Imposition of 95 percent safeguard duty has been demanded by Indian Solar Manufacturers Association (ISMA) on imports of solar cells and modules. This imposition has been raised to protect the domestic players from cheap inbound shipments.
On the issue held today, the manufacturers association put the demand forward when a public hearing was held under the commerce ministry by the Directorate General of Trade Remedies (DGTR). The directorate listened to various aspects of safeguard duty on solar cells. It’s been observed in the data submitted by ISMA to the DGTR that 95 percent injuries are there from solar imports and has therefore asked for the safeguard duty on the solar equipment imports.
However, by tomorrow, the written submissions of the parties will be submitted, and refusal to these can be presented by July 2. A proper full-fledged decision is expected to be finalized by the mid of July.
This pressure of opting safeguard duty can endanger India’s target having 100 GW, said Solar Power Developer Association. This target was expected to achieve by 2022, but the imposition would influence 25 GW capacity, which either tendered or being tendered.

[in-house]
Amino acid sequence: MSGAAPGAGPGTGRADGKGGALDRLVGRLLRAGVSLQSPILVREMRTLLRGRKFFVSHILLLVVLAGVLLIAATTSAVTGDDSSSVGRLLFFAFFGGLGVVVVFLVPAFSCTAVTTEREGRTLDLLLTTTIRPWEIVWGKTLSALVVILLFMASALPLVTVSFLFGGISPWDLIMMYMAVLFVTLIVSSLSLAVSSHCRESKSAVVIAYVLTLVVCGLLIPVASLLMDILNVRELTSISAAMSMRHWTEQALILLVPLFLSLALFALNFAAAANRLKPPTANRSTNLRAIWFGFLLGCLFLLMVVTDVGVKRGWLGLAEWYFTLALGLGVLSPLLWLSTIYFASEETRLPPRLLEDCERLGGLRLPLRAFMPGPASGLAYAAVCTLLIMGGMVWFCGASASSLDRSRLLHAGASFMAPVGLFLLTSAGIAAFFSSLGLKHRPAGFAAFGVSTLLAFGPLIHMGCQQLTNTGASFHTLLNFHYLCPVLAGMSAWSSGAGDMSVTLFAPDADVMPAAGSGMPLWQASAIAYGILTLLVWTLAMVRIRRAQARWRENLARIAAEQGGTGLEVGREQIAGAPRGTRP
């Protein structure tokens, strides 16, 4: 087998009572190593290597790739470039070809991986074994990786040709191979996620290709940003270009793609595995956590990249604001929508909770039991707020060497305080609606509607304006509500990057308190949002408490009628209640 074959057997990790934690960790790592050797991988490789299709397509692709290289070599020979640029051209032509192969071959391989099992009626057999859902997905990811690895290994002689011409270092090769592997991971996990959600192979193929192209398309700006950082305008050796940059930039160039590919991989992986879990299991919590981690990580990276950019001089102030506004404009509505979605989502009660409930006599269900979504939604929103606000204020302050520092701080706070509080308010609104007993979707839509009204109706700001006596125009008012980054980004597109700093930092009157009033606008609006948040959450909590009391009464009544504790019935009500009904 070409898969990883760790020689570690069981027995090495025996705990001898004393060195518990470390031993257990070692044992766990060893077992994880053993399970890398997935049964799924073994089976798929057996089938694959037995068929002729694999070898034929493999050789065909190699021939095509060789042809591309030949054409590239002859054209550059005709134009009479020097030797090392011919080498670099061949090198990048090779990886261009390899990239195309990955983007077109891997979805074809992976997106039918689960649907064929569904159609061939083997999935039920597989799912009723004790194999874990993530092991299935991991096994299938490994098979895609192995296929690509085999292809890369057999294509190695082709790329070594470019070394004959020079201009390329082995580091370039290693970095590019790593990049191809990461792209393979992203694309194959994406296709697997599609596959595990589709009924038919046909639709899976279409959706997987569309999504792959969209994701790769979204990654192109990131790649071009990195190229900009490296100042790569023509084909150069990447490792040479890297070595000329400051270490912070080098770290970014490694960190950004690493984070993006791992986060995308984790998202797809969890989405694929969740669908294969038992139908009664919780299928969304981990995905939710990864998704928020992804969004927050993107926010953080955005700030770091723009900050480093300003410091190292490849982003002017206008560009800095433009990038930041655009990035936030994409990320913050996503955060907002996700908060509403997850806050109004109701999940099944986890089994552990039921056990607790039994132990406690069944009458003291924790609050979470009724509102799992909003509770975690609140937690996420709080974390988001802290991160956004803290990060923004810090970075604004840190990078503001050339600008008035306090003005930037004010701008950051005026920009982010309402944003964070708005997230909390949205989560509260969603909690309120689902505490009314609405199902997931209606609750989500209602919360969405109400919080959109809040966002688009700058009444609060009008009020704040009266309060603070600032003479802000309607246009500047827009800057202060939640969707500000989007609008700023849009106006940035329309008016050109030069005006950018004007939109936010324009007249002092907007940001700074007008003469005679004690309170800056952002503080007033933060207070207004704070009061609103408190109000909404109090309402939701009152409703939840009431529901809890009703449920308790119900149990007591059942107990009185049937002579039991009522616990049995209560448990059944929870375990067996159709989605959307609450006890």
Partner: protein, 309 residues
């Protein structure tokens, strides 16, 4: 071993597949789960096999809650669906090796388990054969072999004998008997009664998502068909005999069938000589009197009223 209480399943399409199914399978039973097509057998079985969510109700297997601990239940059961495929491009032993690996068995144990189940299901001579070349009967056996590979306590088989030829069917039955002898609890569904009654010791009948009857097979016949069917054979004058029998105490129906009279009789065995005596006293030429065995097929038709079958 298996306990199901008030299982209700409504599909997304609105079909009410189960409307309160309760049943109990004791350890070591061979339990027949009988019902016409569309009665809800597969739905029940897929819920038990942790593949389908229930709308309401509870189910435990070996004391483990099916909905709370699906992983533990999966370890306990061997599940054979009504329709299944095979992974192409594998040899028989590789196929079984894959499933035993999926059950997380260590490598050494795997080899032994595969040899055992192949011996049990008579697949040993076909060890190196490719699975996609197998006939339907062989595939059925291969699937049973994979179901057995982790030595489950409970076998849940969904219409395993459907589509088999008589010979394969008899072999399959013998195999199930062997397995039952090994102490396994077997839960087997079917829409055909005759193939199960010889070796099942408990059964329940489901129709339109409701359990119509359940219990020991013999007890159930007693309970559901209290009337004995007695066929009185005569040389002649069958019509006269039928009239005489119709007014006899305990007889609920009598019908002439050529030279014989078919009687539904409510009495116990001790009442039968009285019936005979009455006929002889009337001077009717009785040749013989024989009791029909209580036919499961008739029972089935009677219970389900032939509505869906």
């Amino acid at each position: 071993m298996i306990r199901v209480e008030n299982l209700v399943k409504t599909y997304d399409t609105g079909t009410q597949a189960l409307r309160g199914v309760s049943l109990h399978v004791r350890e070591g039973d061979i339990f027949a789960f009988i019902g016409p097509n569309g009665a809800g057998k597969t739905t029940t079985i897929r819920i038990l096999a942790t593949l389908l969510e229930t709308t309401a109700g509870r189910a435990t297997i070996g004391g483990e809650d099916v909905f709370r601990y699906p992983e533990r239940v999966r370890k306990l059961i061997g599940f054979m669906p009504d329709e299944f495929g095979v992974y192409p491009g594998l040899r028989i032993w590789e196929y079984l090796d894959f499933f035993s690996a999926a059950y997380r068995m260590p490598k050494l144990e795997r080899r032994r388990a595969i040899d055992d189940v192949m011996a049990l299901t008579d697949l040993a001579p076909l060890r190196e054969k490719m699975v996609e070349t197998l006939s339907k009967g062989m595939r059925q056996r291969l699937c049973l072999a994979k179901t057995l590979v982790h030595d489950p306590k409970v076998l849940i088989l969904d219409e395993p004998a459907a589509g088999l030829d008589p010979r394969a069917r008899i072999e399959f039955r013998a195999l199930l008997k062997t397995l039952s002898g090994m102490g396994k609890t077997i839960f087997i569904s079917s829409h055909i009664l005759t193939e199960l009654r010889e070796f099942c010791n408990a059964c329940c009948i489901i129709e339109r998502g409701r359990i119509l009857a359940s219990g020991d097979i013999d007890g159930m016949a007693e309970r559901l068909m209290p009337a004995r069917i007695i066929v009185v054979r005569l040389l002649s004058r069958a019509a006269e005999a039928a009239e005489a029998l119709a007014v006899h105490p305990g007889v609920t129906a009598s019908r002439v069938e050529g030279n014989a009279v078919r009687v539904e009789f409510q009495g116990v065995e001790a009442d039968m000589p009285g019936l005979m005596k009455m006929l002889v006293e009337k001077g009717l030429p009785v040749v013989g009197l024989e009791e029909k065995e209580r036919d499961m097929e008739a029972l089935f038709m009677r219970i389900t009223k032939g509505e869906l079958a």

In its submission, ISMA has also stated that India is allowing the import of inputs from countries such as Taiwan, China, and Malaysia. Due to these imports, India is missing out on many good opportunities. In 2018, it is expected that India will add capacity of 9,000 MW solar powers. According to this, India will give a handsome amount of money, i.e., Rs 21,500 crore, costs of interests, and employment of the national capital and labor to Taiwan, China or Malaysia. By 2022, India aims to obtain 100 GW solar capacities. Solar cells are basically imported from Malaysia, Taiwan, China, and Singapore. These cells are electrical devices which directly convert sunlight into electricity. The imports of these cells from other countries take more than 90 percent of the total inbound shipments in the country.